Yesterday, I posted Part 1, which explored the election results, records and stats sections of the new Capitol & Washington. Today I’m focusing on the part of the site I’m most excited about: Visual representations of data.
A huge emphasis in the site’s rebuild was better displaying data graphically. To that end, I’ve added a new section of visualizations, which is really just a fancy way to say “charts and graphs.” What good is all the data I’ve collected if it is just dumped into tables? Displaying it in charts and graphs doesn’t just make it easier to understand, it also helps highlight things that might otherwise be missed.
I plan to build over several of these moving forward, both as I need them for posts and when I get good ideas. To kick it off, I’ve created two different types of visualizations. Best of all? They are interactive.
Party Control of State Government Chart
This is a color-coded timeline chart that quickly shows you which party controlled the Governor’s office, Lt. Governor’s office (relevant prior to the 1970’s, when it was separately elected from Governor), the State Senate, and the State House of Representatives (both have darker shades of red and blue to denote supermajority status). This charts spans the entirety of state history, starting in 1816 and going up to the present day (automatically updated when changes are made to the database).
You’ll notice on the image above that there are two versions of the chart. That’s because the smaller one on bottom remains fixed so that you can highlight a timespan (just click and drag your mouse) to zoom the big chart in on. Additionally, when you hover your mouse over any block of color on the big chart, it will tell you the name and party of a Governor or Lt. Governor, or the party breakdown of a legislative chamber.
Laid out visually in this way, it becomes very easy to quickly see where there might be one party control, or to quickly count the number of times each party has enjoyed a supermajority status in either or both chambers.
Average Legislative Tenure Graph
Yesterday, I pointed out that the Length of Tenure Records page calculates the average service time for every member on a filtered list. I used that function to calculate the average service time for our U.S. Senate, U.S. House, State Senate, and State House legislative bodies at the end of every year from 1816 until today. This chart (which will be automatically updated every time there is a legislative change in the database) plots those out on a line graph.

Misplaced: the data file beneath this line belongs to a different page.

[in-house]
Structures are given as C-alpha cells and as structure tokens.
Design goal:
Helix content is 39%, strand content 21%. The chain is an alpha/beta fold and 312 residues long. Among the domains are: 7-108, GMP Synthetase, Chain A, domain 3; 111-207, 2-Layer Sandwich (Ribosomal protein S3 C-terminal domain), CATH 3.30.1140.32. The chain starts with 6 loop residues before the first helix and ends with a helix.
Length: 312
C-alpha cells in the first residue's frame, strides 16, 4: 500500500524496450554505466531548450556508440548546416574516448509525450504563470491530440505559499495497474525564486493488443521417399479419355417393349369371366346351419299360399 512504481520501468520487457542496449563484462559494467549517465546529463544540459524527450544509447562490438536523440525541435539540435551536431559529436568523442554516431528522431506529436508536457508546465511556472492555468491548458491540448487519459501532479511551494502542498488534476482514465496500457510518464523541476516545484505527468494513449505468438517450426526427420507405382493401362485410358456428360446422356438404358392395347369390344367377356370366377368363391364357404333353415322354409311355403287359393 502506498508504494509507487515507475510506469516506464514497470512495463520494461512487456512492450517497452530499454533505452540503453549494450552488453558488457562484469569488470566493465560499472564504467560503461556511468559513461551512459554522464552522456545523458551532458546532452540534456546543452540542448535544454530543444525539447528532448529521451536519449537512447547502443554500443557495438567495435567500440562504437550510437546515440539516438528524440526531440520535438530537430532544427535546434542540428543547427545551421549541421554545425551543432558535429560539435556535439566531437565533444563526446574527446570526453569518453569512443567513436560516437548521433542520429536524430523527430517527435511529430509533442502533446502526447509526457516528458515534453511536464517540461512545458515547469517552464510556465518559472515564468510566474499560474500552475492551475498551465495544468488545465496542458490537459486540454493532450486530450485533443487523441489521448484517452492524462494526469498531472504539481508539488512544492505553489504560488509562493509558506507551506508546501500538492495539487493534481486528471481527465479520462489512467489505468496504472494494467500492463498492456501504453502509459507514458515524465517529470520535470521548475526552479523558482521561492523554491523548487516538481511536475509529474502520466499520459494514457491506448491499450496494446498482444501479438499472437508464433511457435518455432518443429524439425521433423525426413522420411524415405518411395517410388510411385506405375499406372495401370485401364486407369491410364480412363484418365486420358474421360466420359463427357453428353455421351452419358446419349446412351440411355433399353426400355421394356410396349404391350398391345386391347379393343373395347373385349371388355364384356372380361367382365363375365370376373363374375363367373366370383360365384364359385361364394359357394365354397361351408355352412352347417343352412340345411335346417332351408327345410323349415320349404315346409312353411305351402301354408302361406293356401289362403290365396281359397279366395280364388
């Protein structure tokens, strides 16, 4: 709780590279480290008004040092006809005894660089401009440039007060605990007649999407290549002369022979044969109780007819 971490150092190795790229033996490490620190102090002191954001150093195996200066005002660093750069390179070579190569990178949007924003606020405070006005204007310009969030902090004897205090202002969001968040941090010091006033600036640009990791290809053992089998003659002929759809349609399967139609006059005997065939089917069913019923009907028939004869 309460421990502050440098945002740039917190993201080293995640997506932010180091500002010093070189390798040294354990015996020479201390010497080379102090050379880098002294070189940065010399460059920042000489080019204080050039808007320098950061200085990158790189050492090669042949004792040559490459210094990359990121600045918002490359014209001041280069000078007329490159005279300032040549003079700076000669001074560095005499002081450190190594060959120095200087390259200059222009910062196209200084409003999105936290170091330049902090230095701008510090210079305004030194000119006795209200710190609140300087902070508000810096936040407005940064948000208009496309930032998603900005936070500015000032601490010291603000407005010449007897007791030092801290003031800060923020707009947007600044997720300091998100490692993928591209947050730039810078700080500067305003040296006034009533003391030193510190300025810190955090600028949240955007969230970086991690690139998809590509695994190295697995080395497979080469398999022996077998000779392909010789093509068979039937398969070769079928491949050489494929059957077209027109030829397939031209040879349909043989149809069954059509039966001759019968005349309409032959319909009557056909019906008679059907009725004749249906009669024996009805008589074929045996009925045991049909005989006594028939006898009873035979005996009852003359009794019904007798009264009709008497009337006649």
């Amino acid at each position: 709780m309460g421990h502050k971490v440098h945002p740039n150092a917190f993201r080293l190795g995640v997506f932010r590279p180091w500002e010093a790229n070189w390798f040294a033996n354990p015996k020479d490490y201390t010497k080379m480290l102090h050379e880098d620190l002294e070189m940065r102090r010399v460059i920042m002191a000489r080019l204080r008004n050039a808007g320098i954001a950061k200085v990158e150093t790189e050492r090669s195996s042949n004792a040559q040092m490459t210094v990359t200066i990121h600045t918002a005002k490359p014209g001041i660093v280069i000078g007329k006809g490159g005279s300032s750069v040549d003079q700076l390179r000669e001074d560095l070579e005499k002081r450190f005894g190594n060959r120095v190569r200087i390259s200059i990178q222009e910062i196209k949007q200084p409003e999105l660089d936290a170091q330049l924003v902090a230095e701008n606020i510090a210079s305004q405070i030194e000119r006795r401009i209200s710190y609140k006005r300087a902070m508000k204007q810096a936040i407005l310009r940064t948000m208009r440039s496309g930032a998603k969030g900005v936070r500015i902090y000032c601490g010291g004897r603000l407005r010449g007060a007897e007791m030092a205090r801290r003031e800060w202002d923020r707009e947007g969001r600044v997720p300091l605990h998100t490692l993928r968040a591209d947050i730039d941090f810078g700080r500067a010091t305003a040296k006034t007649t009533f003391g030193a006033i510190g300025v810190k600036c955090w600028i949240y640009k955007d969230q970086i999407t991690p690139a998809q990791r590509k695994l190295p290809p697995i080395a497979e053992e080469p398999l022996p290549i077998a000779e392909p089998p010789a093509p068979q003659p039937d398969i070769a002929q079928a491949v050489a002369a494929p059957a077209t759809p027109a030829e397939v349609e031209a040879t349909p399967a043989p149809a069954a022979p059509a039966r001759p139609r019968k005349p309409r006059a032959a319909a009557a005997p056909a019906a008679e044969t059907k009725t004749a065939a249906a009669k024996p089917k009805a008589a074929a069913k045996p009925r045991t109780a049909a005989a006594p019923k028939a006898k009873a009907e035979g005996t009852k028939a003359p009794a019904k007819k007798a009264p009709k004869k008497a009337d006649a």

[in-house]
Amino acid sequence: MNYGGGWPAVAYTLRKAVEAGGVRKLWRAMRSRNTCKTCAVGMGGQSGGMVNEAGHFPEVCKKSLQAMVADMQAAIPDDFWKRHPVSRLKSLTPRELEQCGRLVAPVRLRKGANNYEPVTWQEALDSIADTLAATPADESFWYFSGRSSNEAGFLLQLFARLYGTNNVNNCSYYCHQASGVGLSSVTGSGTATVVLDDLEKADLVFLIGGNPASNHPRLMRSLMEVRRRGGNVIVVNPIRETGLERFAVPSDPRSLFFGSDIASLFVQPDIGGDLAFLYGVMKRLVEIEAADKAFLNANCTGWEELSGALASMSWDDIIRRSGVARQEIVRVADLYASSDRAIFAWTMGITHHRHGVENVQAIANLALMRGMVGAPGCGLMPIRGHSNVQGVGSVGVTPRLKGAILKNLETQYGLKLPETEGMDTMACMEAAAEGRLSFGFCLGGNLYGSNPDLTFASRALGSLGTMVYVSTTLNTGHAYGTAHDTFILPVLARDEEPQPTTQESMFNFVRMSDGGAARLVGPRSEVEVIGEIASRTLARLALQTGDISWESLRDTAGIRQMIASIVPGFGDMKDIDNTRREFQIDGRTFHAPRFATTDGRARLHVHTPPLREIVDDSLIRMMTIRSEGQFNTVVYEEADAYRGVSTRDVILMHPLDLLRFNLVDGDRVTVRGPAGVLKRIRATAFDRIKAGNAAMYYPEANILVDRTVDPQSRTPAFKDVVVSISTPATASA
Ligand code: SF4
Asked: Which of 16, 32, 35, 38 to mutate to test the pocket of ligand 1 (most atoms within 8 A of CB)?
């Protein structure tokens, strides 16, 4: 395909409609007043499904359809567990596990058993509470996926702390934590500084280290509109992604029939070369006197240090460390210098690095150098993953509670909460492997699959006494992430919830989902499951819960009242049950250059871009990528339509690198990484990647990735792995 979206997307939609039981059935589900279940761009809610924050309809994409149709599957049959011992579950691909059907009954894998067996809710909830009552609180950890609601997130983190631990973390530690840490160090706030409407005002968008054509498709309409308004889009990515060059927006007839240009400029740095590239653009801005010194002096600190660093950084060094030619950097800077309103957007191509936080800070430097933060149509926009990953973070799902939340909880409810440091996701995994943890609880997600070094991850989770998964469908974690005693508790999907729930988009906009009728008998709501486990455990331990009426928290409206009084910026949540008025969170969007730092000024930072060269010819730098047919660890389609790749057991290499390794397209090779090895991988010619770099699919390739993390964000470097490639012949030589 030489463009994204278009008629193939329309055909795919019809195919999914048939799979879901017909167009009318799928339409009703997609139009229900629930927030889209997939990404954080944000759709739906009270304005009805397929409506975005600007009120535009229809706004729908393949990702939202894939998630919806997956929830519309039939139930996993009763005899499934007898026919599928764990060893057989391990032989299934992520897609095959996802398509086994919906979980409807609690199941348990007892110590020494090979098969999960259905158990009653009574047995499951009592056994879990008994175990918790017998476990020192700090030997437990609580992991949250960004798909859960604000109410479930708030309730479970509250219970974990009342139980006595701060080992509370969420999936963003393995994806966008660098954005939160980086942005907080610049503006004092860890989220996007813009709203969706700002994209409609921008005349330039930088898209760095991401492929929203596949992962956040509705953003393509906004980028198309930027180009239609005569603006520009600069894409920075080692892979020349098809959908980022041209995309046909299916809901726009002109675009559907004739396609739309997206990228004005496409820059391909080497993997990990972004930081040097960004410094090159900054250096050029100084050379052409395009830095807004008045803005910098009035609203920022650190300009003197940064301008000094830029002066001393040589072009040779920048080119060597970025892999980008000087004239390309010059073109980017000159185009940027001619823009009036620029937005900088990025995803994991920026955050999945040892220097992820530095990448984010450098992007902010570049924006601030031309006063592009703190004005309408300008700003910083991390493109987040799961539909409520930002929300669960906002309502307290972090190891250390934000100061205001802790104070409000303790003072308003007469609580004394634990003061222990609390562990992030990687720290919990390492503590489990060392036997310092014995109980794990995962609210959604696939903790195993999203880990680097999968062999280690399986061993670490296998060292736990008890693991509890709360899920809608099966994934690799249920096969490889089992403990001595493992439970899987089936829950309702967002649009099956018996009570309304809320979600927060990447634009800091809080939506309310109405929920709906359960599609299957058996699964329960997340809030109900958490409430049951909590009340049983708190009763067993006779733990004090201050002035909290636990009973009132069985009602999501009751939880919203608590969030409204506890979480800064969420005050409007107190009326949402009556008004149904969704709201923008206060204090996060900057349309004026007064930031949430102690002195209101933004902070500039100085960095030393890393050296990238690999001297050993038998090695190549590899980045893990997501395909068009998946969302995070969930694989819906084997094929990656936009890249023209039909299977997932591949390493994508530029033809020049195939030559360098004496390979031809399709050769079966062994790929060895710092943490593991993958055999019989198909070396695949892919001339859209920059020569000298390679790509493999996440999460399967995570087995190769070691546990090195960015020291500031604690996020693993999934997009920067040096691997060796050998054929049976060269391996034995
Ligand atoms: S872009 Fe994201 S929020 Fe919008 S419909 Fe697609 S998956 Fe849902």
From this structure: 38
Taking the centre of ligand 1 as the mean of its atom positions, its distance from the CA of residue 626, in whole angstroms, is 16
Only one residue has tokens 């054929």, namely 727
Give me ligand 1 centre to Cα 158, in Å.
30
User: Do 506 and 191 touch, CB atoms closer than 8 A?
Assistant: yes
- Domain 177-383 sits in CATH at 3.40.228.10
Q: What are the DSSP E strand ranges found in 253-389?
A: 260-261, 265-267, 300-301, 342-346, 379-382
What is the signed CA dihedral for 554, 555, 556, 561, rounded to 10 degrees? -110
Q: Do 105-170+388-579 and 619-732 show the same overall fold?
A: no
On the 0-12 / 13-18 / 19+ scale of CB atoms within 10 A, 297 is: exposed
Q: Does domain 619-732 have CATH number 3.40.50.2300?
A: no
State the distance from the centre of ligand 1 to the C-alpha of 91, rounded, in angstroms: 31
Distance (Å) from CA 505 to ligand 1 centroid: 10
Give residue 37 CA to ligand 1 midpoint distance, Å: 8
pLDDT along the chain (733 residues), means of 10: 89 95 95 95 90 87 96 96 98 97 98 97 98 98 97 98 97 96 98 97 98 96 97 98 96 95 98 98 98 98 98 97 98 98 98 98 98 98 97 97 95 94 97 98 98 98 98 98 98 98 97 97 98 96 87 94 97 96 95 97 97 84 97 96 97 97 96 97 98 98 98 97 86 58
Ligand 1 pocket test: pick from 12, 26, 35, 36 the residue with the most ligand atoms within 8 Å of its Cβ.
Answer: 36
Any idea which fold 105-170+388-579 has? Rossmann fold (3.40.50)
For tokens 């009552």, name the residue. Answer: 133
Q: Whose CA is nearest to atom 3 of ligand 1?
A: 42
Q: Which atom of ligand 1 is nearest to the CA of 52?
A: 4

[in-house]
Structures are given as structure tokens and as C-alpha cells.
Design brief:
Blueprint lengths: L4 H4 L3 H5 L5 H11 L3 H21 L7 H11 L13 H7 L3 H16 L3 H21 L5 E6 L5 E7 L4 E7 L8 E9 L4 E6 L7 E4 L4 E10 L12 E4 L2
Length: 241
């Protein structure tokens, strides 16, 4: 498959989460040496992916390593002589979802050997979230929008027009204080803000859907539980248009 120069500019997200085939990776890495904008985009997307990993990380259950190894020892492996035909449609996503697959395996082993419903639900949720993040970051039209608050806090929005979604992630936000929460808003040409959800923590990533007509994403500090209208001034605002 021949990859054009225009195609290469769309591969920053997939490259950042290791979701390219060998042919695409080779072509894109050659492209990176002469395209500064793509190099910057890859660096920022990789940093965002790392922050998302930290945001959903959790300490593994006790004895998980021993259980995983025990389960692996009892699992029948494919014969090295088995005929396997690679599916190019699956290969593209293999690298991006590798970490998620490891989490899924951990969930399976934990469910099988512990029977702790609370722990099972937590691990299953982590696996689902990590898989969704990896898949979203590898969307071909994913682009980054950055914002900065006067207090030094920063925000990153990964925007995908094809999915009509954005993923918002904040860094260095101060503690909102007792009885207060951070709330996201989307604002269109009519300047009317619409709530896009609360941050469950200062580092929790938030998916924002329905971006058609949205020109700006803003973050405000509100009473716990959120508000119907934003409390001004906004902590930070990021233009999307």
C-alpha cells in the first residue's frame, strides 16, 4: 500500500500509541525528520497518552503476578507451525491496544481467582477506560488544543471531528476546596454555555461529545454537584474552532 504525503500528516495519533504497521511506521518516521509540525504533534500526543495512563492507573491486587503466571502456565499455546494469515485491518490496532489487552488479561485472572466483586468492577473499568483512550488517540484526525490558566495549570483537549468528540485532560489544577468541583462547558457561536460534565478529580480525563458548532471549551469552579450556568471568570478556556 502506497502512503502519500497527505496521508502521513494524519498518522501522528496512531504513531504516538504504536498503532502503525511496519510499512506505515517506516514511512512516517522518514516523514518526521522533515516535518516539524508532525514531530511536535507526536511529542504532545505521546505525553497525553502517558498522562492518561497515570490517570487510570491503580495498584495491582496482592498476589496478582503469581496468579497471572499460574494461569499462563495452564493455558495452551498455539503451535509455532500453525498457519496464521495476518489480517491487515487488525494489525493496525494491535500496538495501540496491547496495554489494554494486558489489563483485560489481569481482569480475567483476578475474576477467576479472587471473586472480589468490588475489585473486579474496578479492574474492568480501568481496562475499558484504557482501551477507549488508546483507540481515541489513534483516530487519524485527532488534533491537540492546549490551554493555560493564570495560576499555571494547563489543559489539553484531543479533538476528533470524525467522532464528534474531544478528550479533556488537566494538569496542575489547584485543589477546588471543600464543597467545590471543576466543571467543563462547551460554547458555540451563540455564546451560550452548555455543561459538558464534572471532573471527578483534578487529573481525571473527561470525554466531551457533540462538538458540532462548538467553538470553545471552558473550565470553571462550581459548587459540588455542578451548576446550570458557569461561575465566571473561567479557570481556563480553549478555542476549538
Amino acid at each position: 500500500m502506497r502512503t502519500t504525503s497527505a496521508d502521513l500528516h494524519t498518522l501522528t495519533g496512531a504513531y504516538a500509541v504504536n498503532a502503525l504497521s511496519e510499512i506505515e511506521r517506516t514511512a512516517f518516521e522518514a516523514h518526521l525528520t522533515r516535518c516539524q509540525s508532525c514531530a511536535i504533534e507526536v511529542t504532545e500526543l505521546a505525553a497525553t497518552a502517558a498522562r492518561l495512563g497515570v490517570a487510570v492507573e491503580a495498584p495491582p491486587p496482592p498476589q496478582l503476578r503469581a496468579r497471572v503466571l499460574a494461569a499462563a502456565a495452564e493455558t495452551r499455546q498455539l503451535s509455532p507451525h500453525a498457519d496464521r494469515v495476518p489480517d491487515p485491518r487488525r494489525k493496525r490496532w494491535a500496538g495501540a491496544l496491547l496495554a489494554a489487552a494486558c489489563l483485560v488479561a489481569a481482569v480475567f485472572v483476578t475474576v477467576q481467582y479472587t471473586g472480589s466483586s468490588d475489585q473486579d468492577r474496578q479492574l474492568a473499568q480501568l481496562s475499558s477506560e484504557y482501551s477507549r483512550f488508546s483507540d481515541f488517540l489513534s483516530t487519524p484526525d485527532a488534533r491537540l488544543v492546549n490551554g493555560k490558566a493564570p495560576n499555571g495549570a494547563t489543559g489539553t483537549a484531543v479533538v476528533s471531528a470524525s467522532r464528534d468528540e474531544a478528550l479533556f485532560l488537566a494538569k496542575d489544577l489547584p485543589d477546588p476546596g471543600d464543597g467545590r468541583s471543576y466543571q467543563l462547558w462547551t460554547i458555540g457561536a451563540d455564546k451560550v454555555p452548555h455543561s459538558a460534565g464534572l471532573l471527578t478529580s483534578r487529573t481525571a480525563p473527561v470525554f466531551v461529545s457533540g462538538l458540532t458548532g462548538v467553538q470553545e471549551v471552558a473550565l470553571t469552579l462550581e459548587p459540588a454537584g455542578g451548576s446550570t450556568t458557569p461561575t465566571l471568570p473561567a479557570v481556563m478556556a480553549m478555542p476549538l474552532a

While you can use the colored buttons at the top of the graph to turn the various lines on/off, the image you see above shows the average service time for the State Senate and State House. I’ve done a lot of research on this over the past year or so, and this helps illustrate graphically a few points I’d long suspected:
- Prior to Constitutional reforms, the average length of service stayed pretty consistent at around 1 term or so (2 years in the House and 4 in the Senate).
- But after those reforms, it shot up dramatically, so that the they are both around 10 years today (a whopping 400% increase in the House).
- Under our 1851 Constitution, the legislature met for about two months every other year. Because it was only a two-month commitment, members tended to do the job, and then go back to private life and let someone else serve. You see that constant turnover (around 80% each session) in the jaggedness of that line between 1851 and 1970–but notice that it is a consistent volatility that hovers around 1 term!
In addition to turning lines on/off, this graph is interactive in another way: If you click and drag your mouse on it, you can zoom in to the time period you’ve selected. You can keep zooming to any one year period. You can reset it back to the original graph by double-clicking your mouse.
The old version of the site did have a maps platform that allowed you to view any Congressional district map back to 1816, and the current state legislative maps. That platform was built on top of Google maps, but for a variety of technical reasons (both current issues and ideas for expanding the use of maps in the future), I built my own new platform from scratch.
And while I do look forward to expanding this in the future, for now you can only view district maps. The Congressional maps still exist back to 1816, and the state legislative maps now go back to 2002. I plan to continue to add the state legislative maps in the near future.
Using the drop-down menu seen at the top of the image, you can select any Congressional or General Assembly session to see a color-coded map that shows you what the districts looked like. Next the menu is a checkbox that allows you to turn county lines on/off (in the image, they are on).
Additionally, if you hover your mouse over a district, it becomes a darker shade, and the relevant row in the table highlights so that you can quickly see who represented that district in the chosen year. This function also works vice versa, so that hovering over a name on the table will also turn the district a darker shade. By clicking on a district, you will disable the hover mechanism and leave the district and name highlighted. Click anywhere will resume hovering.